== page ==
You’re not going to like this.
Our commander-in-chief is recklessly releasing jihadists from Guantanamo Bay. The president’s Bush-deranged base is buoyed by the all-out effort to fulfill his vow to shut down the detention camp. But the vast majority of Americans remain opposed, and increasingly alarmed. The pace of releases has surged since November’s midterm elections, with over two-dozen detainees sprung — aiding the enemy even as the terror threat intensifies.
Yes, yes, I know you don’t want to hear that. I have the scars to prove it. A few months back, Beltway Republicans got even more annoyed than Obama Democrats when my book, Faithless Execution: Building the Political Case for Obama’s Impeachment, was published. Contrary to what you’d infer from all the shrieking, I actually argued that it would be a big mistake to impeach President Obama absent strong public support for his removal. And as I conceded, that level of public support does not exist and never will exist unless a compelling political case for impeachment is made.
Republicans have less than no interest in making the case. Maybe that is as it should be, or maybe (as I fear) they are being shortsighted. But it is not cowardice. In fact, it probably tells us more about how the country has changed than about Republicans. The latter know that if they even mention the dread I-word, they will be demagogued as racists. They fear this will translate into being routed in elections.
That’s why I wrote the book: Not so much to call for President Obama’s impeachment as to explain that, in the American constitutional system, impeachment is the only remedy for certain egregious abuses of power. If you foreswear impeachment under any circumstances, if you won’t even hold it out as a credible threat, then you are going to get egregious abuses of power. Indeed, the abuses are sure to become more egregious in the last two years of a radical administration: The president knows his time is short and he no longer has the incentive of elections — his own or those that determine his influence over Congress — to rein in his radicalism.
Presidents of the United States have enormous power, particularly over the conduct of war and foreign policy. These are areas where Congress’s competing power of the purse — the other major constitutional check on executive malfeasance — is often of limited value.
The Constitution makes the president commander-in-chief of the armed forces. Under longstanding American law, that makes the president supreme in the conduct of warfare, which very much includes the disposition of captured enemy combatants. Congress has the power to declare war and to fund, or cut off funding, for combat operations; but it has no authority to conduct the war — that’s the commander’s job. Congress is impotent to direct the president regarding what enemy combatants he may, or may not, release — just as it has no way of forcing the president to attack a particular target or apprehend a particular enemy operative.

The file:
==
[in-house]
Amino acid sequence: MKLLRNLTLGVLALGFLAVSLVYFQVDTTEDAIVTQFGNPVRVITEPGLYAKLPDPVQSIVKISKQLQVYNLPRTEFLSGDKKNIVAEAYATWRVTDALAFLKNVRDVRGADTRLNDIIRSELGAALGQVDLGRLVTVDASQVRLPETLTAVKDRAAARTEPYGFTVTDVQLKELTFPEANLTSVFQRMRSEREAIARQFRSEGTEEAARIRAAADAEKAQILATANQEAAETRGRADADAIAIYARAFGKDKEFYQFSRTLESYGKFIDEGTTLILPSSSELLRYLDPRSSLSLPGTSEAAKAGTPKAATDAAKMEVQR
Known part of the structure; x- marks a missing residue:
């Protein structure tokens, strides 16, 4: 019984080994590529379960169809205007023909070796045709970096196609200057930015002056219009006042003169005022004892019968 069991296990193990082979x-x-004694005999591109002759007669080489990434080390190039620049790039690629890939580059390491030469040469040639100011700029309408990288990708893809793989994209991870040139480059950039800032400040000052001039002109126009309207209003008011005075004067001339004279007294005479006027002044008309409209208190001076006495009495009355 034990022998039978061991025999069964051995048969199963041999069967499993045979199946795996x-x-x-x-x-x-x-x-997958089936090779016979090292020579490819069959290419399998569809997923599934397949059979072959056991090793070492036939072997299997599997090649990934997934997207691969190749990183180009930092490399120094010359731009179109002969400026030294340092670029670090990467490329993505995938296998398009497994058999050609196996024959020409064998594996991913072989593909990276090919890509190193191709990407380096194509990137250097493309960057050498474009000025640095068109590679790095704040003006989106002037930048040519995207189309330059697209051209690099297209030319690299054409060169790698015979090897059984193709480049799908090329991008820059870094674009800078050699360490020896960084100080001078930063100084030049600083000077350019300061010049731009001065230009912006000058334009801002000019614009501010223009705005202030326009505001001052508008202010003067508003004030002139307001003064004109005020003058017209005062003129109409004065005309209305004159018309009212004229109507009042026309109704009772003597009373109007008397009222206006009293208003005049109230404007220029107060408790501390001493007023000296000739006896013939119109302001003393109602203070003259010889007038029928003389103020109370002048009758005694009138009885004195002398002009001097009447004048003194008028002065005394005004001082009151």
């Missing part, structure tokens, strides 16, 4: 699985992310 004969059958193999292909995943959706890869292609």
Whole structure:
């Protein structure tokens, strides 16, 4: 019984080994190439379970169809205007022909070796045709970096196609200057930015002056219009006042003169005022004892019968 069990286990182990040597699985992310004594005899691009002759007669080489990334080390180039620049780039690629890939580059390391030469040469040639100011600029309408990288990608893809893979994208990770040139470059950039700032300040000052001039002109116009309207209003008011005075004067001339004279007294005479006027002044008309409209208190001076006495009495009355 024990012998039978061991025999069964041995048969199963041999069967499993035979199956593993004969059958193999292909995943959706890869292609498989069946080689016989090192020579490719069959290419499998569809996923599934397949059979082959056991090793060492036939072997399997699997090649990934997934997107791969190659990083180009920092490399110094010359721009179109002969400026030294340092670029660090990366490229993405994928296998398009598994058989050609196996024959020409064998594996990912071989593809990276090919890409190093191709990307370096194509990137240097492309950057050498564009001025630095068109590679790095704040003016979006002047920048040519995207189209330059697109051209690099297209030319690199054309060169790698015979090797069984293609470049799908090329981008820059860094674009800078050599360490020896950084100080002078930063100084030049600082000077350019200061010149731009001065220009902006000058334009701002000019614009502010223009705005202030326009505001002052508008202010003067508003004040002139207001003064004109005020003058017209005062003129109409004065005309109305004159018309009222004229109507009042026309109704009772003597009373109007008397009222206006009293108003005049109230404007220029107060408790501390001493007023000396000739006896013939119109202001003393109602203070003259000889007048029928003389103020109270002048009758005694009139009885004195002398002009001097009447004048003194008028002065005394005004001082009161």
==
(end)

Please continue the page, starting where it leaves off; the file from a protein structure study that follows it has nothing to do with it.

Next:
Moreover, as chief executive, the president has near plenary authority over the conduct of foreign policy. Thomas Jefferson was as fearful of an imperial presidency as any of the Founders; yet he acknowledged, “The transaction of business with foreign nations is executive altogether; it belongs, then, to the head of that department, except as to such portions of it as are specially submitted to the senate. Exceptions are to be construed strictly.” John Marshall was a great rival of Jefferson’s, but on this point they were in sync: “The President is the sole organ of the nation in its external affairs, and its sole representative with foreign nations,” said Marshall. “The [executive] department is entrusted with the whole foreign intercourse of the nation.”
Jefferson’s strictly construed exceptions to the president’s foreign-affairs primacy will not help us halt the release of terrorists from Gitmo. This is not a treaty situation, so the Senate’s power to deny ratification of international agreements is irrelevant. And while Congress may deny funding for foolish executive initiatives — Republicans, for example, did not have to sign off on Obama’s provision of military aid to the Muslim Brotherhood government in Egypt (although they did) — the president does not need funding to release prisoners. Doing so actually saves money . . . at least until they blow something up.
Short of impeachment, there is really nothing Congress can do.